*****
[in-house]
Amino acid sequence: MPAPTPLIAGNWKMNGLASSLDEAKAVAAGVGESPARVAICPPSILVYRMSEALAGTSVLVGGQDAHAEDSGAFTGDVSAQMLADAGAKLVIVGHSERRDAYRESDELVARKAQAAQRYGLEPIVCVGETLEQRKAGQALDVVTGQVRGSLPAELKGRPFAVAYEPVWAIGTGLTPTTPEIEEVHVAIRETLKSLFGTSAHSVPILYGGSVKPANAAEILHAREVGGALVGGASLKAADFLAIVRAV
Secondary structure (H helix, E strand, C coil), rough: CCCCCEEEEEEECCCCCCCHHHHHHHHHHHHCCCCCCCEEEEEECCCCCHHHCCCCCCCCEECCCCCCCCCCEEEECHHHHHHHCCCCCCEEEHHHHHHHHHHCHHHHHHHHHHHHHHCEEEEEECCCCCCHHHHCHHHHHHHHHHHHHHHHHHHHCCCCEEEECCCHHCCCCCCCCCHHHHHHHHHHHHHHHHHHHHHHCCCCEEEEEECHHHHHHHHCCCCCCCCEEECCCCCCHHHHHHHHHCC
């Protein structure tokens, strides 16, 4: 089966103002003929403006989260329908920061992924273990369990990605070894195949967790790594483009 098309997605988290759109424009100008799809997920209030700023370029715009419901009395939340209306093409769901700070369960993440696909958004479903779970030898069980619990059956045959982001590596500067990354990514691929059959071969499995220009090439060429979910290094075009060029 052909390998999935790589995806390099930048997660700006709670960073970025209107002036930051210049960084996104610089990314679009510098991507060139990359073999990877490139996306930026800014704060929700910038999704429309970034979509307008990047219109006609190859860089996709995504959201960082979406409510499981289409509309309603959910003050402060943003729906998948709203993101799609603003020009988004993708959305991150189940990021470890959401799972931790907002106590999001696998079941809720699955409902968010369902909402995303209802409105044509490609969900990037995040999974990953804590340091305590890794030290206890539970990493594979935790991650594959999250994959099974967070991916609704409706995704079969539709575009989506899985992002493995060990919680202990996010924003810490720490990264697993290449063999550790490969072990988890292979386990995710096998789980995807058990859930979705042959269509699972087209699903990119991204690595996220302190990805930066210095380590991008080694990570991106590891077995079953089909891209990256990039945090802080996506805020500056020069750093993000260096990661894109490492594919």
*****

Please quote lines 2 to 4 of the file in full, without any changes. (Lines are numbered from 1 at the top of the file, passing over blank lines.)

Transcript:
Amino acid sequence: MPAPTPLIAGNWKMNGLASSLDEAKAVAAGVGESPARVAICPPSILVYRMSEALAGTSVLVGGQDAHAEDSGAFTGDVSAQMLADAGAKLVIVGHSERRDAYRESDELVARKAQAAQRYGLEPIVCVGETLEQRKAGQALDVVTGQVRGSLPAELKGRPFAVAYEPVWAIGTGLTPTTPEIEEVHVAIRETLKSLFGTSAHSVPILYGGSVKPANAAEILHAREVGGALVGGASLKAADFLAIVRAV
Secondary structure (H helix, E strand, C coil), rough: CCCCCEEEEEEECCCCCCCHHHHHHHHHHHHCCCCCCCEEEEEECCCCCHHHCCCCCCCCEECCCCCCCCCCEEEECHHHHHHHCCCCCCEEEHHHHHHHHHHCHHHHHHHHHHHHHHCEEEEEECCCCCCHHHHCHHHHHHHHHHHHHHHHHHHHCCCCEEEECCCHHCCCCCCCCCHHHHHHHHHHHHHHHHHHHHHHCCCCEEEEEECHHHHHHHHCCCCCCCCEEECCCCCCHHHHHHHHHCC
């Protein structure tokens, strides 16, 4: 089966103002003929403006989260329908920061992924273990369990990605070894195949967790790594483009 098309997605988290759109424009100008799809997920209030700023370029715009419901009395939340209306093409769901700070369960993440696909958004479903779970030898069980619990059956045959982001590596500067990354990514691929059959071969499995220009090439060429979910290094075009060029 052909390998999935790589995806390099930048997660700006709670960073970025209107002036930051210049960084996104610089990314679009510098991507060139990359073999990877490139996306930026800014704060929700910038999704429309970034979509307008990047219109006609190859860089996709995504959201960082979406409510499981289409509309309603959910003050402060943003729906998948709203993101799609603003020009988004993708959305991150189940990021470890959401799972931790907002106590999001696998079941809720699955409902968010369902909402995303209802409105044509490609969900990037995040999974990953804590340091305590890794030290206890539970990493594979935790991650594959999250994959099974967070991916609704409706995704079969539709575009989506899985992002493995060990919680202990996010924003810490720490990264697993290449063999550790490969072990988890292979386990995710096998789980995807058990859930979705042959269509699972087209699903990119991204690595996220302190990805930066210095380590991008080694990570991106590891077995079953089909891209990256990039945090802080996506805020500056020069750093993000260096990661894109490492594919």